A domain may appear to have high Pagerank, Trust Flow and Domain Authority, when in fact it’s worthless. If you are buying your domain from sites such as Flippa and Go Daddy, know that there is a way to fake out the Pagerank of a domain. The Trick is to use another domain with a high Pagerank and create a 301 redirect from this domain to the one being sold. When Pagerank is inspected via traditional methods, it will look like the domain for sale has the same high Pagerank like the older one, when in fact it does not have any at all. After the newer domain is sold, the seller removes the 301 redirect and the newer domain’s real Pagerank is revealed.
When you’re considering buying an aged domain, always use this tool to check out whether the Pagerank is real or fake.
Many domains can still retain their Pagerank, even after they have been hit by a major Google penalty. Pagerank alone isn’t enough to make certain that a domain isn’t penalized by Google (in which case you will want to stay away from it). The first test that you should make is to type site:[yourdomain].com into Google to check that the page is at least indexed. Be careful because in the case of deleted domains (as opposed to expired ones), Google may have just de-indexed the site because it has been offline for a while. In that case, once the site is made available again, everything will be fine. In general, if a domain has been deleted for over three or four months, it’s normal for Google to have de-indexed all pages from that domain. A further test that you may want to make is to type the keywords that make up the domain. For example, if the aged domain is arthurburlo.com, just type Arthur Burlo in Google, and, hopefully, that should bring up the domain on page one. If the domain is actually made up of profitable keywords, such as moneyearningsites.net, this test will likely fail, unless the domain has a very strong Domain Authority — so strong that it ranks for those competitive keywords on page one.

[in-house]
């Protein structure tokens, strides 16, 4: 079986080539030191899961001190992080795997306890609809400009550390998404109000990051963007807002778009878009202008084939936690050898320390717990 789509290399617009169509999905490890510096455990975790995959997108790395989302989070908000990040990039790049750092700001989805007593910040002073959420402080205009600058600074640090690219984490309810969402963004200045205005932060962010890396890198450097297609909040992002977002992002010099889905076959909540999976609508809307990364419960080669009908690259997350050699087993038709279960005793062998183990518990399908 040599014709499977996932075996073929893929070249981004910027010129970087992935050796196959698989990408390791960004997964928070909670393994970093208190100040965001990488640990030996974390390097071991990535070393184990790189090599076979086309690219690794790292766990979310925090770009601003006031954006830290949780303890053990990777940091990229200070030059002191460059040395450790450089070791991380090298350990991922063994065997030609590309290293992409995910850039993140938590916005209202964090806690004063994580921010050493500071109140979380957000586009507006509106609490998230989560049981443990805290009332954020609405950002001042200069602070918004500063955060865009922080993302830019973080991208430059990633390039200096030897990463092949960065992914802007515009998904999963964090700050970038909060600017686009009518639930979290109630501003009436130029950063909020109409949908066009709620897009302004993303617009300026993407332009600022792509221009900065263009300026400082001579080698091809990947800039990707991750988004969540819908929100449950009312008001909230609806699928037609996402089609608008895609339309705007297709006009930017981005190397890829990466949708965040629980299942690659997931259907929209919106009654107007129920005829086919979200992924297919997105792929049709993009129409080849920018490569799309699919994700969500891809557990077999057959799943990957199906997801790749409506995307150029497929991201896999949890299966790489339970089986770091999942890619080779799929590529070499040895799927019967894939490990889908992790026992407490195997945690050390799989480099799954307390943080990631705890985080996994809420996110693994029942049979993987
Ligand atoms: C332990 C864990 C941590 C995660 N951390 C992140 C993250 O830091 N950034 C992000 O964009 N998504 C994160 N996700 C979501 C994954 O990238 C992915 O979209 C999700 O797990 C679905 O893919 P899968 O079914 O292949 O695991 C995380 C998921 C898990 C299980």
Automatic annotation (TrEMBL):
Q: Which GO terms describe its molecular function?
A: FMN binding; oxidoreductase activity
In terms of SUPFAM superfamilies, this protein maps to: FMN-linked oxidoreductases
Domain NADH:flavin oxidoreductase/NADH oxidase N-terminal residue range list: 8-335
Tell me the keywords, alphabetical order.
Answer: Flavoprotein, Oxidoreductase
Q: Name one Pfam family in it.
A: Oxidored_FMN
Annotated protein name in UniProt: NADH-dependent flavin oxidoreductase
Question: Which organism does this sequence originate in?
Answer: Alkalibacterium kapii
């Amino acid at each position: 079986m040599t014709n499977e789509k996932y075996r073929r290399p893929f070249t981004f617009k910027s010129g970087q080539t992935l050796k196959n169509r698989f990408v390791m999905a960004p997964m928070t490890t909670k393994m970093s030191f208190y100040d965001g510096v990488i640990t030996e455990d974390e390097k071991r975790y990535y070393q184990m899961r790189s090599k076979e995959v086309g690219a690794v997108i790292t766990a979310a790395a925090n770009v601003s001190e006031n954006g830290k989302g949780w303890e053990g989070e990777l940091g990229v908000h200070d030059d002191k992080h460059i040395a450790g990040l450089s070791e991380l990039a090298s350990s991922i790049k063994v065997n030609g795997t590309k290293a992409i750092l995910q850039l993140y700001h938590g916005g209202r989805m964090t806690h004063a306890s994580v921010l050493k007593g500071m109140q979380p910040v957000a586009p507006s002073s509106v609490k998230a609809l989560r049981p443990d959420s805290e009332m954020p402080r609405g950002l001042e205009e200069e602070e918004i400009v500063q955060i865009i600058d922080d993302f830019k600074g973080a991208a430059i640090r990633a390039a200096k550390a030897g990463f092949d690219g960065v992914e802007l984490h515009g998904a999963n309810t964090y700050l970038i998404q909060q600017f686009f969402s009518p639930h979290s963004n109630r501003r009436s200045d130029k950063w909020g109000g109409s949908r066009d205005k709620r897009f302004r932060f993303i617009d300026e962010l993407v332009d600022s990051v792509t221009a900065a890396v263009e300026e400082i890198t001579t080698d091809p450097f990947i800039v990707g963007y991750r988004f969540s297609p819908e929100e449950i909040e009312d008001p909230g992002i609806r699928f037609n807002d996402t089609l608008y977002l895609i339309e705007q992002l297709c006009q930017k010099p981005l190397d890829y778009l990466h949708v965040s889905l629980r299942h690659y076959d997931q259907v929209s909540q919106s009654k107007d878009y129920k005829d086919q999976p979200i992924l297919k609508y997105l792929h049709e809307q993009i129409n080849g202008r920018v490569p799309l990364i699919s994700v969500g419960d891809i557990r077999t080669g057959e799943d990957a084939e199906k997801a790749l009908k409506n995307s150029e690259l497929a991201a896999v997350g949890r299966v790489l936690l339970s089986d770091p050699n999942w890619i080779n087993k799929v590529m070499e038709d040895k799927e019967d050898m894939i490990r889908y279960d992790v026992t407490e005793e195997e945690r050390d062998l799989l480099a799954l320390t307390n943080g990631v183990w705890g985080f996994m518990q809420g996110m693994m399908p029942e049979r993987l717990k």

Pagerank, Trust Flow and Domain Authority are determined by the quality of the links pointing to a site. Even when the metrics are real, it’s very easy for these to drop sooner or later, unless you’re not very careful when checking out the link profile of a site. For example, suppose that an aged domain we’re interested in has a real PR5, domain authority 20 and Trust Flow of 25. Now suppose that this domain only has ONE single backlink coming from the homepage of a PR9 domain. If that one link is removed, the aged domain will lose all its high metrics! This is why, it’s important to check that a domain we’re interested in has a diversified link profile, otherwise, if the domain only has links, no matter their quality, from a handful of high PR domains, it’s really likely that those links will be lost soon, together with all the value that the domain might have had. Especially if the links come from another site belonging to the former owner, or the links were purchased are no longer being paid for.